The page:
Wednesday, February 13, 2008

Preview of Latest Dwarf Fortress Alpha

Dwarf Fortress. If you don't know what it is, you should, so I'll start out with a few links.

Dwarf Fortress Homepage

Dwarf Fortress Wiki

Dwarf Fortress Graphical Pack

Interview with Tarn Adams (Dwarf Fotress developer)

It had been a while since a played Dwarf Fortress. You can see my previous blog entries on the subject here.

But recently there have been a number of changes, the most notable of which is the addition of a z-axis! That's right! Now your Dwarves can merrily burrow their way through three dimensions rather than just two! It adds a whole new dimension to the game (both figuratively and literally)! You can do all sorts of interesting things such as building channels with water and then adding grates on top so the Dwarves wont fall in, multi-level rooms with balconies, pits to trap enemies in and even free-standing three dimensional structures!

The z-axis has also led to a lot more variety in starting areas. For my first game, I just went with whatever region popped up first and found myself on top of a low plateau next to a secluded valley. I immediately dug downwards and began construction of my fortress.

This change, along with a host of others has made the game much more interesting. But one of the biggest hurdles has been the horrifically cluttered ASCII graphics and the obtuse, inconsistent and confusing interface. Well the interface is pretty much the same, though some additional management options give the player more control over how the Dwarves interact with the environment and items. However, the ASCII graphics can be replaced by using the graphics pack linked above (the pack also includes the latest Dwarf Fortress release so you only have to do one download). The screen still looks very cluttered, and there aren't cute little pixel drawings for every item type due to certain limitations, but having that readily identifiable visual reference makes a huge difference!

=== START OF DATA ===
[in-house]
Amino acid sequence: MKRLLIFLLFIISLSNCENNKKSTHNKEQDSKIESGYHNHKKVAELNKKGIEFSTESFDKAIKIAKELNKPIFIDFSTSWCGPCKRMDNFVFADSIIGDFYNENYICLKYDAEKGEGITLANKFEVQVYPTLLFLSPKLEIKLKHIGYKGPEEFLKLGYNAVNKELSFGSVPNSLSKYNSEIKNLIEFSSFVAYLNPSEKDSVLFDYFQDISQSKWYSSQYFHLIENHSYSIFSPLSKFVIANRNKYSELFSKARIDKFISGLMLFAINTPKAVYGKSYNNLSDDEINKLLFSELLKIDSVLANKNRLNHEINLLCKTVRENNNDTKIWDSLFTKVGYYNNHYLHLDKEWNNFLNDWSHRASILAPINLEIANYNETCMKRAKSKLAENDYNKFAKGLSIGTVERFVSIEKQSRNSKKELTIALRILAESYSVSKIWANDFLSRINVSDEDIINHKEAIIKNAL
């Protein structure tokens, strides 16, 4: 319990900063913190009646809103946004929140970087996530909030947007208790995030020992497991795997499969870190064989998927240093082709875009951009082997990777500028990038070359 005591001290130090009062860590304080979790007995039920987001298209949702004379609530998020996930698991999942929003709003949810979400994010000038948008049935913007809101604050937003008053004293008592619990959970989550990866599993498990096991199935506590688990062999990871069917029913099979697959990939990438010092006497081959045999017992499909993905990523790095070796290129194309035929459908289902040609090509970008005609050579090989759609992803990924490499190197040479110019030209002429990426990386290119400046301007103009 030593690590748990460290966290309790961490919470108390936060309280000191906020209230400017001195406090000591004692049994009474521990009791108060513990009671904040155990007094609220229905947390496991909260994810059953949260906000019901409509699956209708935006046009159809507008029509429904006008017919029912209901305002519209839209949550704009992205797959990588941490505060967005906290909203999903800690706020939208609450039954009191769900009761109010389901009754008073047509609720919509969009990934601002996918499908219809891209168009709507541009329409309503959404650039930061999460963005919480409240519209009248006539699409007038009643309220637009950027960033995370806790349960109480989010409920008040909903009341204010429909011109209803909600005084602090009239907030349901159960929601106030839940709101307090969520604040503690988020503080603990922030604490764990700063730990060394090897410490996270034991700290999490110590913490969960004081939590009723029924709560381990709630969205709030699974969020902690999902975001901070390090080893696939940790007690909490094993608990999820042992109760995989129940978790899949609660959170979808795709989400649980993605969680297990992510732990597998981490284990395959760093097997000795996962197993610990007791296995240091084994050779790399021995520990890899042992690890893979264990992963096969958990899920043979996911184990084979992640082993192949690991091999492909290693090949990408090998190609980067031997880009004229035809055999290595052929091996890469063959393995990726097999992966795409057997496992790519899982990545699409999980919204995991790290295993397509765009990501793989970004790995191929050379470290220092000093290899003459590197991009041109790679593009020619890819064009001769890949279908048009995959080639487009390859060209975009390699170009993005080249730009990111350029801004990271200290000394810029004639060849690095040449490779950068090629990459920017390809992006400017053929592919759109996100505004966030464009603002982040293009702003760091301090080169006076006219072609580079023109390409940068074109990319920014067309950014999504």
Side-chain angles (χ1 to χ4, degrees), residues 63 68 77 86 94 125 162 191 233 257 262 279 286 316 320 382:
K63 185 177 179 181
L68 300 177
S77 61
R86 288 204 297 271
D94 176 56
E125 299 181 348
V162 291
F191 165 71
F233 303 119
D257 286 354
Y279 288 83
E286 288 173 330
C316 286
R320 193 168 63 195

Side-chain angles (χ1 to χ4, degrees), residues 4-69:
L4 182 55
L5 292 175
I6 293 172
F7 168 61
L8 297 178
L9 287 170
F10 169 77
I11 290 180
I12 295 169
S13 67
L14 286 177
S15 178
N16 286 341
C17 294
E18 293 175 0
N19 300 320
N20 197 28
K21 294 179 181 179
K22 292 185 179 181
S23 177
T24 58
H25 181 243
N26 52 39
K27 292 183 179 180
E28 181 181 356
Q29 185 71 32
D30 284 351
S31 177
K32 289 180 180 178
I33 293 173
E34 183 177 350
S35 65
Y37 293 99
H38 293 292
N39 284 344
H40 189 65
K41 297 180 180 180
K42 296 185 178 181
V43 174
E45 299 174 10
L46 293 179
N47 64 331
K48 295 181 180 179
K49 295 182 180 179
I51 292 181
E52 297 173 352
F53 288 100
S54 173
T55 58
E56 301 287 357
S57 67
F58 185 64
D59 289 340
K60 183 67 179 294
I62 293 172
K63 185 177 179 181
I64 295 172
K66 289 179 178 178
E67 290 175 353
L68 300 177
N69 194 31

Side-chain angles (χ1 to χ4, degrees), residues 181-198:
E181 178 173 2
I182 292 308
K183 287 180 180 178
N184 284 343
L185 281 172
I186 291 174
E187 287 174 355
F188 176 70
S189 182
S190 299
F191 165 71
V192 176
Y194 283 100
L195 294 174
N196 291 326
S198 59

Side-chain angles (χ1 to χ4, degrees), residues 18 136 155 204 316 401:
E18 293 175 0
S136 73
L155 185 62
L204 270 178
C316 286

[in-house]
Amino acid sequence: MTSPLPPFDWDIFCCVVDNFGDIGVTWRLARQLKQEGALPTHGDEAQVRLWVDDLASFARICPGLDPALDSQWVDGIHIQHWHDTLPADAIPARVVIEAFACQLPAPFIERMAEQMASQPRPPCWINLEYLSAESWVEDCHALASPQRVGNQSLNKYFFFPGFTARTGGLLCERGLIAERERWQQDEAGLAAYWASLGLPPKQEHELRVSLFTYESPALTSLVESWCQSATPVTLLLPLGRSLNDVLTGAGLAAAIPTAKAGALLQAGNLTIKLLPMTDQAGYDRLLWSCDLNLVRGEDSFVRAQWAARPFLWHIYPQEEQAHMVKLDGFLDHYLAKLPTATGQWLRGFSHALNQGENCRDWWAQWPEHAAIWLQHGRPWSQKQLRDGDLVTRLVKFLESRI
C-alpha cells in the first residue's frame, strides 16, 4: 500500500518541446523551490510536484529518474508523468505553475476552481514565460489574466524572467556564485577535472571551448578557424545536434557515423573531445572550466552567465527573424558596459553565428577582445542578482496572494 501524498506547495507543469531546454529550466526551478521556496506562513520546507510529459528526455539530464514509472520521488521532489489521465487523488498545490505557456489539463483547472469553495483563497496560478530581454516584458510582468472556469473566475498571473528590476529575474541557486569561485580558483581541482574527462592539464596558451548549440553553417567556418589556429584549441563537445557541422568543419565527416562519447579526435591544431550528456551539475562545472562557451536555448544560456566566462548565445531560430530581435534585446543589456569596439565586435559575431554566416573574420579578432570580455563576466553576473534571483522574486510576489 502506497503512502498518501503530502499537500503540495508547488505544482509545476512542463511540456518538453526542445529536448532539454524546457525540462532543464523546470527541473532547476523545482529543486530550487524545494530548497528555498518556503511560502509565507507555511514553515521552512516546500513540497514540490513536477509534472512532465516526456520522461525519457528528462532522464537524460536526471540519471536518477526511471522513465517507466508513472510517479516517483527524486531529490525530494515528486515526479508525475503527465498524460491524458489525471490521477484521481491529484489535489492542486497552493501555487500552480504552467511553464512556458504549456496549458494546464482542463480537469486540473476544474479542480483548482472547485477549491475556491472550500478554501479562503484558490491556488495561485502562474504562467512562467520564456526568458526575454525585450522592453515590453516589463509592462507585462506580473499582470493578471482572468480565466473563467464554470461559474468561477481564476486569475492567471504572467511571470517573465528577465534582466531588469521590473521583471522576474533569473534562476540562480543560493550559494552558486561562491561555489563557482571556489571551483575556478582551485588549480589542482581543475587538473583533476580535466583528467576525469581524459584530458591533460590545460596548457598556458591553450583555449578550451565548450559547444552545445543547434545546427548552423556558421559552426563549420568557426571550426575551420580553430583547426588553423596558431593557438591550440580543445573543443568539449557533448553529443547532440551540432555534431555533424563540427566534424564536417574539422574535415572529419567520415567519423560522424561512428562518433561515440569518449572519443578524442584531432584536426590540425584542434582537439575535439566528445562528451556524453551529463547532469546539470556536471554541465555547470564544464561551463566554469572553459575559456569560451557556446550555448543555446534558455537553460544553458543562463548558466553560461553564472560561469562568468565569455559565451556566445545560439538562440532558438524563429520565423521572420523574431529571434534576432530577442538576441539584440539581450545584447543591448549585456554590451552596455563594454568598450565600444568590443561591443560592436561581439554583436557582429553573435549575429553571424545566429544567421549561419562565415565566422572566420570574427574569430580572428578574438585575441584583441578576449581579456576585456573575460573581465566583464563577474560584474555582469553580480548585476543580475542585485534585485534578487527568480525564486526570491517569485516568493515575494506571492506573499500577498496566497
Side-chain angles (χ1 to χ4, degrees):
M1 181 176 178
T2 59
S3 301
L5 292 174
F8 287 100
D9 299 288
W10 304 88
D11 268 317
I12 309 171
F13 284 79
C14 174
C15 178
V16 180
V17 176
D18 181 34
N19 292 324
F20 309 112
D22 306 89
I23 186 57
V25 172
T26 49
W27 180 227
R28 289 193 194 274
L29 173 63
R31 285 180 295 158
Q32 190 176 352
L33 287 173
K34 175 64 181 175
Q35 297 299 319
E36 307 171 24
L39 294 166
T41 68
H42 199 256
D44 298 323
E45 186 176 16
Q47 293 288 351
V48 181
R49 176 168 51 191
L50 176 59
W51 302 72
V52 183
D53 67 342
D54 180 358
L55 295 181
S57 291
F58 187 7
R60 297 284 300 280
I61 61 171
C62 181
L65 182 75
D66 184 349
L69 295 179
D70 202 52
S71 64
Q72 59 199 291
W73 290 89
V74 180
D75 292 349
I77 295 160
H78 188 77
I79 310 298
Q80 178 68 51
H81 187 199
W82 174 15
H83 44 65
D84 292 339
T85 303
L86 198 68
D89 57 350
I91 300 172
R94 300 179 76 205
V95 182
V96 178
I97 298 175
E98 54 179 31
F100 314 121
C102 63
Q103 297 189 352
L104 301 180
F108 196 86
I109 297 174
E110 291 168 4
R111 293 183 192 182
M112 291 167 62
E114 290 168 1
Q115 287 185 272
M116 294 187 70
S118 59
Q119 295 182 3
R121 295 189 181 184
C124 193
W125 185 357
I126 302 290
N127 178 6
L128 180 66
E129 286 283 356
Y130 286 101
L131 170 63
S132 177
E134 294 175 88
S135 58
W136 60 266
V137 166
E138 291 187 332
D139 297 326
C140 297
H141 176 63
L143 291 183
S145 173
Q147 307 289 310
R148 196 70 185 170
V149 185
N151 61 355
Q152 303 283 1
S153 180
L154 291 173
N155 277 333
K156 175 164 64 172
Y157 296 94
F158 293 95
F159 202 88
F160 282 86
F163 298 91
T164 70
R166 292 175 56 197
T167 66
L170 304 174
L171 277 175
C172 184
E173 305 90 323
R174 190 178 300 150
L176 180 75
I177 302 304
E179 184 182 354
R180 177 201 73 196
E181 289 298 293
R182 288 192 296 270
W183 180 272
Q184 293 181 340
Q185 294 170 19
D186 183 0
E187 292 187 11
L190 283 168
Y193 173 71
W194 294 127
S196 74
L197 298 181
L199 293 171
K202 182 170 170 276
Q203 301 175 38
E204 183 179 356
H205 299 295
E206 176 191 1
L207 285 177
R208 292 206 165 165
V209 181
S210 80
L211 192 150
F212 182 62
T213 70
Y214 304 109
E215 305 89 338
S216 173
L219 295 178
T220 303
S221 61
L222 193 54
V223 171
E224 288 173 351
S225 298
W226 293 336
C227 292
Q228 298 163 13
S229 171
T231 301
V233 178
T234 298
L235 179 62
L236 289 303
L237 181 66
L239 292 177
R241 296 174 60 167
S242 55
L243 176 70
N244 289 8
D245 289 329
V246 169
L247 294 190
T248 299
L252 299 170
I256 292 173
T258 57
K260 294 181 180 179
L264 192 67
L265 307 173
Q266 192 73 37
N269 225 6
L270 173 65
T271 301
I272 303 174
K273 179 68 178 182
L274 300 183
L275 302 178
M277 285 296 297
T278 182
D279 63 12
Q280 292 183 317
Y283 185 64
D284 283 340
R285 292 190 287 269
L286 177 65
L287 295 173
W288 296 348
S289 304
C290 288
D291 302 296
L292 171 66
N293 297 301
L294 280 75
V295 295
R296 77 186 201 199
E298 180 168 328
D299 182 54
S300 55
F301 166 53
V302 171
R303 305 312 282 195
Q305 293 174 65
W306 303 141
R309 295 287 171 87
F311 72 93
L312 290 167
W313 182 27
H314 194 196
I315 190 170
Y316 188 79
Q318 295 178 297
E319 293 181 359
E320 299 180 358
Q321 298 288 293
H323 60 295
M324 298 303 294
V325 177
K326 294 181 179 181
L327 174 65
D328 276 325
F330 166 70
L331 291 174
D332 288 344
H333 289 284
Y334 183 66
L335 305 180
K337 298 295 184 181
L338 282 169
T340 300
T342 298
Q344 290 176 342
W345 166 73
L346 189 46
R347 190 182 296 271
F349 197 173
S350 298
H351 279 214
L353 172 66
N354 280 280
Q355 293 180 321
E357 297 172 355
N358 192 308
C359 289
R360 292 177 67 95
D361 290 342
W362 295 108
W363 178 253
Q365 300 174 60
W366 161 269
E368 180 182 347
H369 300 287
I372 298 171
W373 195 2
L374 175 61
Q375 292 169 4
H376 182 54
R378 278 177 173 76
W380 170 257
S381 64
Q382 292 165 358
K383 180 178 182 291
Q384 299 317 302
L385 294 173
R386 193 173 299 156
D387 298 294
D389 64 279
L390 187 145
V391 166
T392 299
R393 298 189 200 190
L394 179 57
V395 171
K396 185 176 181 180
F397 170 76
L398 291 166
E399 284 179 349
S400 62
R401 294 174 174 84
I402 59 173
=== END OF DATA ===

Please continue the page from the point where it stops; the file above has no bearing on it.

Since it's an alpha version and still under development (at one point in the interview, Tarn mentions that he considers the game ~27% done), new features are constantly being added. He's currently working on having historical armies and figures interact during world creation, which will then extend to allowing players to build their own armies during Fortress mode which they can then use to have an effect on the world outside the immediate fortress area.

If you have a chance, I recommend listening to the interview linked above. It's pretty long and very interesting. One part in particular stood out for me. Tarn didn't seem to really understand the concept of sharing a game world online and dismissed any discussion about an MMO Dwarf Fortress. He seemed to assume that it would be about fighting directly with other players. But I think just the ability to find other peoples fortresses in adventure mode, or to try and reclaim one that was abandoned by someone else would be an incredible experience. It was also a bit strange to hear him say that he had no interest in selling t-shirts or other such memorabilia because he didn't want to commercialize the game. I'm not really sure how slapping an ASCII dwarf onto a shirt with a pithy saying and allowing those hardcore fans (such as myself) to purchase it would be a bad thing (websites like Cafe Press will even deal with all of the hassle of printing, mailing and taking payments). But this just seems to be another area where the developer is a bit out of touch with the modern Internet.

But on to the good stuff! Here are some other changes that I noticed with the recent versions.

Stockpile configuration: You can micromanage this to a very detailed level now. For example, you can make a 'refuse' pile that only accepts shells.

Mayors are now elected: Not exactly sure how this works, but the Dwarves seem to have an election once a year deciding who will be mayor. Kind of interesting as different mayors will have different personalities. But annoying in that I have to reassign the mayor's rooms everytime a new one is elected. It would be nice if I could assign a room to a Noble position rather than to a specific dwarf.

The addition of outdoor farming and the ability farm underground with soil layers: Farming is much, much easier now. Unless you start in an area that doesn't have soil, you don't even need to worry about using floodgates to create mud.

Ore is harder to find: And the various ore types are not guaranteed. And since you have ~16 levels of ground to search through, exploratory mining shafts are even more important than it was before the introduction of the z-axis

Ability to melt down items: Great for getting rid of all that junk the Kobold thieves leave lying around.

Rivers, chasms and magma are no longer givens: In fact, I had none of the above on my first fortress.

Ponds and water flow: Your ability to interact with water is much more interesting. And water tiles have depth. A depth of 1 is basically just a few muddy puddles while a depth of 7 is deep enough to drown a dwarf. Water flows and responds to terrain changes as you might expect. You can completely drain ponds as well as creating moats or other such creative ventures.

Overabundance of rocks: WAY too many rocks are created during mining. Sure they're useful to your Dwarves, but they are in serious overabundance.